Prime numbers

Introduction

More and more people are becoming interested in primes numbers. However, not everyone has a background in mathematics, or in the particular branches of mathematics that prime numbers inhabit. This means that what sometimes appears obvious or trivial to one person, is sometimes a fascinating revelation to another. There is also a big difference between differing viewpoints on what constitutes real mathematics and what is an irrelevant side issue. I certainly cannot change peoples' views, and of course my own views may be an acquired taste, but I hope in the following to give enough background information, and where to go to find even more, that will be if use to as many people as possible.

This site is not strictly an FAQ, but I hope that anyone with a question will be able to find an answer or a suggestion on where to find one, or even a suggestion on how to find out for yourself. The structure is a follows:

Section 1 - Fundamentals

This contains most of the standard arithmetic concepts that are used throughout number theory, including what ideas we can presuppose (and I presuppose very little), and then moving on to the Division Algorithm, Greatest Common Divisor, Congruences, and finishing with the Chinese Remainder Theorem.

Section 2 - Primes - The Basics

This contains the classical results regarding primes, including the Fundamental Theorem of Arithmetic, describes the Sieve of Eratosthenes and Trial Division, and then introduces some more standard theory about primes using the results from Section 1, including Fermat's Little Theorem and Euler's generalisation, using the Euler phi-function. I finish by introducing the idea of primitive roots.

Section 3 - Frequency of Primes

Here, I introduce quadratic residues and the Legendre symbol in order to prove some simple results about primes of certain forms. I then move on to looking at counting primes, including a look at prime gaps, twin primes, Sophie-Germain primes, and primes in more general arithmetic progressions. This section includes a scattering of interesting conjectures.

Section 4 - Primes - Primality Proofs

In this section, I give some of the simpler, but very much still useful, primality proofs that are based on the factorisation of n- 1 or n+1, where n is the number being considered. This includes the standard tests of Lucas, Lehmer, Proth, Pocklington, Brillhart-Lehmer-Selfridge etc. and goes on to provide a bit of Lucasian theory.

Section 5 - Special Types of Primes

Here, I consider numbers of specific forms
such as Fermat Numbers and Mersenne primes, including particular primality
proofs and restrictions on divisors. I also include various other formulae such
as n!+1, n^{2} + n + a, etc, and then introduce some additive concepts,
including the famous Goldbach conjecture. This section mentions lots of other
interesting conjectures.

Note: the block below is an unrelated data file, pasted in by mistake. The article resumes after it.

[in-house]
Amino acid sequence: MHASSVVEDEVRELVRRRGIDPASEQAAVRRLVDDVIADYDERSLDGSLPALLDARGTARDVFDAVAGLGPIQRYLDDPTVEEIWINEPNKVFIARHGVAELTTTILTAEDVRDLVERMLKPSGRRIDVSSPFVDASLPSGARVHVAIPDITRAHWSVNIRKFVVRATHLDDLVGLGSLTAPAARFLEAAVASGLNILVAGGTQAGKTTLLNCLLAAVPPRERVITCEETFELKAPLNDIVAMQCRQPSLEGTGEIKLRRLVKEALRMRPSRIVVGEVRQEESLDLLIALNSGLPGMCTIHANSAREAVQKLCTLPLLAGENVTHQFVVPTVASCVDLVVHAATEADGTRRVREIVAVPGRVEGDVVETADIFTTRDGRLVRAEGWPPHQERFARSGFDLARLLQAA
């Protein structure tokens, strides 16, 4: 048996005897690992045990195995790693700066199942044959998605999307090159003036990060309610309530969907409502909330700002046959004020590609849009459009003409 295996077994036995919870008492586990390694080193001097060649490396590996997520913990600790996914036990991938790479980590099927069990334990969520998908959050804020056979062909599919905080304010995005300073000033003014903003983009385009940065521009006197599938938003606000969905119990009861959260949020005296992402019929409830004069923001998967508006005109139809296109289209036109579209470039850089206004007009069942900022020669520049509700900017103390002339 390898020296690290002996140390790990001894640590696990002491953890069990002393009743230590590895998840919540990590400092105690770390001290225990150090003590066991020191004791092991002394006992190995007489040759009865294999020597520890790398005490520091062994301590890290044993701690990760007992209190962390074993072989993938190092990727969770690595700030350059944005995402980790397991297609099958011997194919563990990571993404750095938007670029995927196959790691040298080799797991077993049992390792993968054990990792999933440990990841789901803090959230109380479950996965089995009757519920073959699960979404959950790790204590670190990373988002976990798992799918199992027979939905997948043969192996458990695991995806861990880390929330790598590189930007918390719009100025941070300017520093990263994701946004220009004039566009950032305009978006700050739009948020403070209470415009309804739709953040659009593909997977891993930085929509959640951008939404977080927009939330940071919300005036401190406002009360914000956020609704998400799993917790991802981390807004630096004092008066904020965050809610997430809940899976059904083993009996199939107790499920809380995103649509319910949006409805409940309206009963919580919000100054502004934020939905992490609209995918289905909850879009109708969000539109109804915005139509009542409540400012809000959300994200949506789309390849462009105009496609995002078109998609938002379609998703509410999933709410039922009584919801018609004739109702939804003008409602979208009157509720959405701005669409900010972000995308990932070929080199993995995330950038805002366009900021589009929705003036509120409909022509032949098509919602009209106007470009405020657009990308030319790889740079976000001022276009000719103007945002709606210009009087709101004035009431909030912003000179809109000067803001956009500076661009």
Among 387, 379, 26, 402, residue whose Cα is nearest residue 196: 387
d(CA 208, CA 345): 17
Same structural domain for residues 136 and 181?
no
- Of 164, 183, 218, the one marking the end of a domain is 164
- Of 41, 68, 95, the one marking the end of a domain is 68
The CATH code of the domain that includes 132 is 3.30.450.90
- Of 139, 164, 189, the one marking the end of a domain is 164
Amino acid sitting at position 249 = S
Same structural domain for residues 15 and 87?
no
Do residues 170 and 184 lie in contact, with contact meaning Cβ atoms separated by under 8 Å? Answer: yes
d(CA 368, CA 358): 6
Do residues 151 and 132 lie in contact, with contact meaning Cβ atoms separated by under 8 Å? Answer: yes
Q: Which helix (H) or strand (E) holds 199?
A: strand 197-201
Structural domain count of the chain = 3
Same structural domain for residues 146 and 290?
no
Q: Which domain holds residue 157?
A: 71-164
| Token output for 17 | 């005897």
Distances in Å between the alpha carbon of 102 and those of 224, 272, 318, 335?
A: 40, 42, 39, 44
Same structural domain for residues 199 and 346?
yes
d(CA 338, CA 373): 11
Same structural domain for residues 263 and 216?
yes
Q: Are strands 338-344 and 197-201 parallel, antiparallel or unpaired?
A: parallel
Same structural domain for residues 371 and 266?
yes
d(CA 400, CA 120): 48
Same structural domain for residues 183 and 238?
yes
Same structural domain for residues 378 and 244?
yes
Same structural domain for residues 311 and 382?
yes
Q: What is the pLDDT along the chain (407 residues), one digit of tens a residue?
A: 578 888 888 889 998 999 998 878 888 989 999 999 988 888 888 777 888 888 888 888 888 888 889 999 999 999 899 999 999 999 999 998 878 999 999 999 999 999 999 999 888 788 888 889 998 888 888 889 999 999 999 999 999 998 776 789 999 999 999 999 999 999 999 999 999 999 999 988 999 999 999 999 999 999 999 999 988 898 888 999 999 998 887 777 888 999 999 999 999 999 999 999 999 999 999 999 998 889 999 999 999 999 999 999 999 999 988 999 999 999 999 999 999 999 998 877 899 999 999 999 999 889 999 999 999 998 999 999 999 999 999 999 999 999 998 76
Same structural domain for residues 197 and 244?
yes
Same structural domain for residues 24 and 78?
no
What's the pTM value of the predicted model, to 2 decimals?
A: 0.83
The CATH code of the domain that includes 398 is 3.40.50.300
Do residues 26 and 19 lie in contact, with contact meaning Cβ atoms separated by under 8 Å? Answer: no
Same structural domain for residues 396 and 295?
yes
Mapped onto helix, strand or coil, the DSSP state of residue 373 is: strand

Section 6 - Numbers of the
form k*2^{n} ± 1

All numbers can be expressed in this form, with k odd. However by considering them specifically in this way, a lot of modular results can be obtained that can help us to find restrictions to our searches. This section includes an introduction to the Nash sieve and its variants, Sierpinski, Riesel and Brier numbers, Keller cycles and flip cycles. This is also a convenient place to mention Cunningham chains and bi-chains.

Section 7 - Advanced Primality Tests

For numbers that don't fit into any convenient pattern, there are more general primality tests available. These are usually more complicated mathematically than the specific ones already presented, so full proofs can't be given here, but I do try to give you a flavour for them, and it is well worth knowing how they arise from the theory.

References

Textbooks that I thoroughly recommend are the following :

- Elementary Number Theory, David M. Burton, Allyn & Bacon, Revised Printing.
- Introduction to Analytic Number Theory, Tom M. Apostol, Springer-Verlag, UTM.
- The New Book of Prime Number Records, Paulo Ribenboim, Springer-Verlag.

In addition, the text is littered with hyperlink references, which I repeat here in no particular order :

The Prime Page - Chris Caldwell's repository for all things prime-related.

The pi-x project - a collaborative effort to calculate p (x) for very large x.

Thomas Nicely - contains detailed lists of prime gaps and twin prime counts.

Carlos Rivera - part of Carlos Rivera's Prime Puzzles and Problems Cnnection website, contains various records connected to arithmetic progressions of primes.

Tony Forbes - website full of downloads and HTML pages, in particular relating to arithmetic progressions of primes and MFAC Fermat number factoring program

Yves Gallot's Proth - download proth.exe.

Fermat Search - Loenid Durman's collaborative effort to find factors of Fermat numbers.

Generalised Fermat Prime Search - Yves Gallot's collaborative effort.

GIMPS - George Woltman's collaborative effort.

Cunningham-Woodall Project - Sam Wagstaff collaborative factoring effort.

ECMNET - factoring effort maintained by Paul Zimmerman.

NFS@Home - factoring effort based at California State University Fullerton

YAFU - Yet another factorization Utility by Buhrow

Chris Nash' Psieve - download psieve.exe.

Henri Lifchitz - bi-twin and bi-chain records, download winbitwin.exe.

Henri
& Renaud Lifchitz - Top 10000 list of Probable Primes

Proth Search - Ballinger &
Keller's site dedicated to search for Proth primes.

Paul Jobling's Newpgen - download newpgen.exe.

George Woltman's Prp - download prp.exe.

Tony Forbes' VFYPR - download vfypr.exe.

Francois Morain's ECPP - download ecpp.exe

Marcel Martin's PRIMO page - download primo.exe

Jim Fougeron's Cert_Val - download cert_val.exe

OPENPFGW - Downloads of pfgw, cpapsieve, and lots more - but you've got to join the group first

Paul Leyland's x^{y}+y^{x}
Page - Primes and Strong Pseudoprimes of this form

Paul Leyland's Generalised Cullen & Woodall Numbers - factorizations of these